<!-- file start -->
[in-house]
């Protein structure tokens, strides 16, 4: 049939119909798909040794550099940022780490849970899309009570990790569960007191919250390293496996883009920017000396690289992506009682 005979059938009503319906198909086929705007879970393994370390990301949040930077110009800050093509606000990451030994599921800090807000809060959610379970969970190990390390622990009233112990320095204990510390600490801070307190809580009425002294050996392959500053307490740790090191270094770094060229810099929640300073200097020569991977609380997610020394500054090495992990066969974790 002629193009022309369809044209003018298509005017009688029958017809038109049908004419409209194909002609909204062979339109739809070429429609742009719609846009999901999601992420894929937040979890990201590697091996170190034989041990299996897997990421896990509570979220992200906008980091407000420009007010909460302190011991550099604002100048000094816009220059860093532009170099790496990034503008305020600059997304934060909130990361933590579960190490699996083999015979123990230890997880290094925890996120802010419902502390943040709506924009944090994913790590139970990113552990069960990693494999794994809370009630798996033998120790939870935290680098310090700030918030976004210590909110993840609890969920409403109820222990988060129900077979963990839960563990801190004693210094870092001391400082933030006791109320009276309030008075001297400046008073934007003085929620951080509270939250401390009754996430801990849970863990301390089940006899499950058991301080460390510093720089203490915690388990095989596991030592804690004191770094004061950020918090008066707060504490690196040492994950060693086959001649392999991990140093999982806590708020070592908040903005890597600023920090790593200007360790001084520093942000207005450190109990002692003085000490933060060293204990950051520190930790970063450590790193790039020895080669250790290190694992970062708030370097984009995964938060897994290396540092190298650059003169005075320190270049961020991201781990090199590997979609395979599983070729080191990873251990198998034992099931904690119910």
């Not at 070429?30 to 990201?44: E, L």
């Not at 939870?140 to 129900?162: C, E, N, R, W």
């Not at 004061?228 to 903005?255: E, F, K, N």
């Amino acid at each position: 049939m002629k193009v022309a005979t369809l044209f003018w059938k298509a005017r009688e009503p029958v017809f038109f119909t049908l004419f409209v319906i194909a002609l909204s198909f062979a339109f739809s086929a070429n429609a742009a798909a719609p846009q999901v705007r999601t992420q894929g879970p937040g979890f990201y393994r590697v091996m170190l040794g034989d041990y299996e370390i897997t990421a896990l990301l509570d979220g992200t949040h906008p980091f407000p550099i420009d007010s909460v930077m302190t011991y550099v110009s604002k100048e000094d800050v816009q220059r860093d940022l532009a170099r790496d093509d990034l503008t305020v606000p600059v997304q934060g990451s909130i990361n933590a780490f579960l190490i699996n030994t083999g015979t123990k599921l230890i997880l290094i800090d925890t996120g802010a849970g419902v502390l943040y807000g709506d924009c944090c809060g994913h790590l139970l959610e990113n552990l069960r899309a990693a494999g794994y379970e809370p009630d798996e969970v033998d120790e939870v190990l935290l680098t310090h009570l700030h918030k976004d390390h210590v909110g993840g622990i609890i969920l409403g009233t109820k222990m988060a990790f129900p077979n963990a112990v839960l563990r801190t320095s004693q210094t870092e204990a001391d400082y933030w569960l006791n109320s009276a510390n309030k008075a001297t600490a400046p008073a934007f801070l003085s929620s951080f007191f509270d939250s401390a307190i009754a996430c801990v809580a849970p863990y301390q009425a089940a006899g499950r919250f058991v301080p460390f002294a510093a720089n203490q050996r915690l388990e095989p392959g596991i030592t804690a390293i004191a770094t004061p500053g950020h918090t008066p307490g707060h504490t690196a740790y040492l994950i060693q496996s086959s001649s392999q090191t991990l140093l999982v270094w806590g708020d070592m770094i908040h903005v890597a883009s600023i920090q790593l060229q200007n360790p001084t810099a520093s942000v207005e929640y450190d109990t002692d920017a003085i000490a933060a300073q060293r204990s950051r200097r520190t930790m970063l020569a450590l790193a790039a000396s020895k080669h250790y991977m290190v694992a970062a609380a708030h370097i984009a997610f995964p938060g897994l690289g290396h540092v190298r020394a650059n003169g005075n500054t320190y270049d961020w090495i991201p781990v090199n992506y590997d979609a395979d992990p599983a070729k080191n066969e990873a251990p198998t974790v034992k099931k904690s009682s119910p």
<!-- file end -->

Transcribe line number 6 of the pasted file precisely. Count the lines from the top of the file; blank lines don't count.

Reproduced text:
């Amino acid at each position: 049939m002629k193009v022309a005979t369809l044209f003018w059938k298509a005017r009688e009503p029958v017809f038109f119909t049908l004419f409209v319906i194909a002609l909204s198909f062979a339109f739809s086929a070429n429609a742009a798909a719609p846009q999901v705007r999601t992420q894929g879970p937040g979890f990201y393994r590697v091996m170190l040794g034989d041990y299996e370390i897997t990421a896990l990301l509570d979220g992200t949040h906008p980091f407000p550099i420009d007010s909460v930077m302190t011991y550099v110009s604002k100048e000094d800050v816009q220059r860093d940022l532009a170099r790496d093509d990034l503008t305020v606000p600059v997304q934060g990451s909130i990361n933590a780490f579960l190490i699996n030994t083999g015979t123990k599921l230890i997880l290094i800090d925890t996120g802010a849970g419902v502390l943040y807000g709506d924009c944090c809060g994913h790590l139970l959610e990113n552990l069960r899309a990693a494999g794994y379970e809370p009630d798996e969970v033998d120790e939870v190990l935290l680098t310090h009570l700030h918030k976004d390390h210590v909110g993840g622990i609890i969920l409403g009233t109820k222990m988060a990790f129900p077979n963990a112990v839960l563990r801190t320095s004693q210094t870092e204990a001391d400082y933030w569960l006791n109320s009276a510390n309030k008075a001297t600490a400046p008073a934007f801070l003085s929620s951080f007191f509270d939250s401390a307190i009754a996430c801990v809580a849970p863990y301390q009425a089940a006899g499950r919250f058991v301080p460390f002294a510093a720089n203490q050996r915690l388990e095989p392959g596991i030592t804690a390293i004191a770094t004061p500053g950020h918090t008066p307490g707060h504490t690196a740790y040492l994950i060693q496996s086959s001649s392999q090191t991990l140093l999982v270094w806590g708020d070592m770094i908040h903005v890597a883009s600023i920090q790593l060229q200007n360790p001084t810099a520093s942000v207005e929640y450190d109990t002692d920017a003085i000490a933060a300073q060293r204990s950051r200097r520190t930790m970063l020569a450590l790193a790039a000396s020895k080669h250790y991977m290190v694992a970062a609380a708030h370097i984009a997610f995964p938060g897994l690289g290396h540092v190298r020394a650059n003169g005075n500054t320190y270049d961020w090495i991201p781990v090199n992506y590997d979609a395979d992990p599983a070729k080191n066969e990873a251990p198998t974790v034992k099931k904690s009682s119910p």